Magnuson Park plan scales back athletic fields

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Magnuson Park proposed plans
A $60 million proposal to redevelop part of Sand Point Magnuson Park into Seattle's largest recreational-sports complex is being scaled back under a revised plan that reduces the number of lighted athletic fields from 11 to no more than seven.

The City Council's parks committee began crafting the revision yesterday, which the full council still must decide on.

Passions about Magnuson Park are intense, with a public hearing on the issue last month drawing overflow crowds. Since joining the council earlier this year, Council Member David Della, parks committee chairman, has been working on a solution that addresses the desires of both sides.

Council Member Jean Godden, who lives near the park, called 11 lighted fields a "complex from hell" that would put the park out of balance. But the surrounding neighborhood may consider even seven lighted fields a form of purgatory.

Diana Kincaid, president of Friends of Magnuson Park, said seven fields "will still have a tremendous impact on the park and on the neighborhood. We still have concerns that the fields will overwhelm the park."

But Ed D'Alessandro, fields advocate for the Seattle Youth Soccer Association, said he appreciates the committee recommendation. "It's not as much capacity as we were hoping for, but this still provides a lot of hours for youth soccer."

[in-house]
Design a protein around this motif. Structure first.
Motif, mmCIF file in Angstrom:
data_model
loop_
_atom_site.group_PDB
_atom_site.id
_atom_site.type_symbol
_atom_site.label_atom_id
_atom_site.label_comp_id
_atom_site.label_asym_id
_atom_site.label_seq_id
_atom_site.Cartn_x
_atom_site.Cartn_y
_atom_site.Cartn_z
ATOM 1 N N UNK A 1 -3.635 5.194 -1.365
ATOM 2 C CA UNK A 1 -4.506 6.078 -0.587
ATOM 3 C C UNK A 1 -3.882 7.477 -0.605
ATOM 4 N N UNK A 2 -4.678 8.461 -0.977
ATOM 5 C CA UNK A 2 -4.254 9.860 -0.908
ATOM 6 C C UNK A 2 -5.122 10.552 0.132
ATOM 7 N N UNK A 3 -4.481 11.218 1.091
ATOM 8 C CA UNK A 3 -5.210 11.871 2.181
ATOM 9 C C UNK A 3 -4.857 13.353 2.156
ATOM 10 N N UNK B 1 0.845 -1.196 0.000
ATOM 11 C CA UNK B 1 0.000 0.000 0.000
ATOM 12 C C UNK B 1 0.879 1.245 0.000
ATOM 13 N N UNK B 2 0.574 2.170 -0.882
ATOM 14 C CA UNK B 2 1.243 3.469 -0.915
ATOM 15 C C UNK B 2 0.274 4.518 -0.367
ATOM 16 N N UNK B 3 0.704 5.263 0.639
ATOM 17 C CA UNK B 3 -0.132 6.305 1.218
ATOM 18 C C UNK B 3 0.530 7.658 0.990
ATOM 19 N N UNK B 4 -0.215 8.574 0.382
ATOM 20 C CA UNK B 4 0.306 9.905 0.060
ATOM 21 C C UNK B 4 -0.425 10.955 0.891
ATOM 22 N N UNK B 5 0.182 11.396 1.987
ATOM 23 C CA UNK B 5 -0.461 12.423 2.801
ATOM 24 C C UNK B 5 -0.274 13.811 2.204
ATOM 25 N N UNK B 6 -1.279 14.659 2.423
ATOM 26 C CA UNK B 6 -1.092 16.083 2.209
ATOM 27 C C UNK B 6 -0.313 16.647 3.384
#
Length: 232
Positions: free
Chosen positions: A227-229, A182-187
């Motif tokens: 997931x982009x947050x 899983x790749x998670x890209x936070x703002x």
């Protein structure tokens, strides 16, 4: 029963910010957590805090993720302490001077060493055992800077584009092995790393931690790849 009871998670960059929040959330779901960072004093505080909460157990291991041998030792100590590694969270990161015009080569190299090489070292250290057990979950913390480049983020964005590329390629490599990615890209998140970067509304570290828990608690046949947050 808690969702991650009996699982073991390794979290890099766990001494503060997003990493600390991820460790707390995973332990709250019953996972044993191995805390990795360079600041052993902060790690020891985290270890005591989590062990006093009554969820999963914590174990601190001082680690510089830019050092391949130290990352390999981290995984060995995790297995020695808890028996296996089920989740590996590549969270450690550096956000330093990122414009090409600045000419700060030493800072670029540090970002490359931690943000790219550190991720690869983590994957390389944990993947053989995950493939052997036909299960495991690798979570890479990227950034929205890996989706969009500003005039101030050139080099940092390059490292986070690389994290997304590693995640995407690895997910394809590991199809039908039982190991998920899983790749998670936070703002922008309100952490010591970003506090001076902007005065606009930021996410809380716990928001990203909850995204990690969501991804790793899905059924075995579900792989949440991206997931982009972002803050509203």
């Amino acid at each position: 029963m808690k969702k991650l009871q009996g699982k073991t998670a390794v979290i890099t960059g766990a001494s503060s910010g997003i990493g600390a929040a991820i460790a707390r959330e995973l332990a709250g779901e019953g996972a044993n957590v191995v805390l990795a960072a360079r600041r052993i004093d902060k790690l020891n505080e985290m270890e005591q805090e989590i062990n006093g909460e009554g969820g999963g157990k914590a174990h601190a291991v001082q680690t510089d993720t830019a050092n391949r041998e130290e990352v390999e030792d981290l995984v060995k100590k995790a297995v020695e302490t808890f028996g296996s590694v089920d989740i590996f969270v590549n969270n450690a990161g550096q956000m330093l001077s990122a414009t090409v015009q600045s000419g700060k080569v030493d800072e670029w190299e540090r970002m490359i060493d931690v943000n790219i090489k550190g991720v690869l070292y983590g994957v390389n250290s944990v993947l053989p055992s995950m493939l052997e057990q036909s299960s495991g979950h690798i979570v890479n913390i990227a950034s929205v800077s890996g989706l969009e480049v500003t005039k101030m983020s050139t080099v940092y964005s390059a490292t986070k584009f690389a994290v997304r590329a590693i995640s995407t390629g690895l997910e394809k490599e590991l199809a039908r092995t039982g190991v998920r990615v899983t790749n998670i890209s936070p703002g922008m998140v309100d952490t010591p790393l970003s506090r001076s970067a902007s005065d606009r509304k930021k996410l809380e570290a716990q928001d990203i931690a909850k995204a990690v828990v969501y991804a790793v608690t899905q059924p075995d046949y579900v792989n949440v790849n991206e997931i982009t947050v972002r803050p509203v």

Supporters of the proposal for 11 fields, including Mayor Greg Nickels, said they were needed to address a shortage of places in the city where adults and youth can play soccer, baseball, softball and rugby. But neighborhood groups in Northeast Seattle and Kirkland led opposition to the project, saying traffic, noise and glare would lower their quality of life.

The parks department plan called for five fields for soccer, five for baseball/softball and one for rugby. The committee made no recommendations on how the seven fields should shake out, although Godden echoed the desires of the neighborhood that soccer fields be given priority over baseball-softball fields. Baseball diamonds require taller light poles that produce more glare, residents say.

Magnuson Park director Eric Friedli said lighted soccer fields may have an edge because they can also support games of ultimate Frisbee and lacrosse, and tend to get more use in winter than baseball fields. Friedli also said the synthetic-turf rugby field, which would be the only one in the city, also could get priority.

The council committee also recommended that two additional fields could be built, but without lights.

The committee intends to put conditions on the seven-field plan. The city has only $12 million committed to the redevelopment, which would pay for building, at most, four lighted fields.

Council Member Peter Steinbrueck voted in favor of the seven-field plan, but said he was hesitant to do so without first knowing the source of money for the additional fields. He also wants the city to closely monitor the impact of the first four fields before committing to others. "Wouldn't it make sense to allow this thing to develop and evolve over time?" he said.

Supporters say money for the additional fields can be raised through private contributions, and that a large chunk of construction costs can be covered by having members of the Washington National Guard help build the complex as part of member training. But no commitment has been made by the Guard, which has many members in Iraq.

In two weeks, the committee is scheduled to address the cutoff time for lighted fields. In the 11-field proposal, Parks Superintendent Ken Bounds recommended 11 p.m. for five of the fields, 10 p.m. for five others and 9 p.m. for one.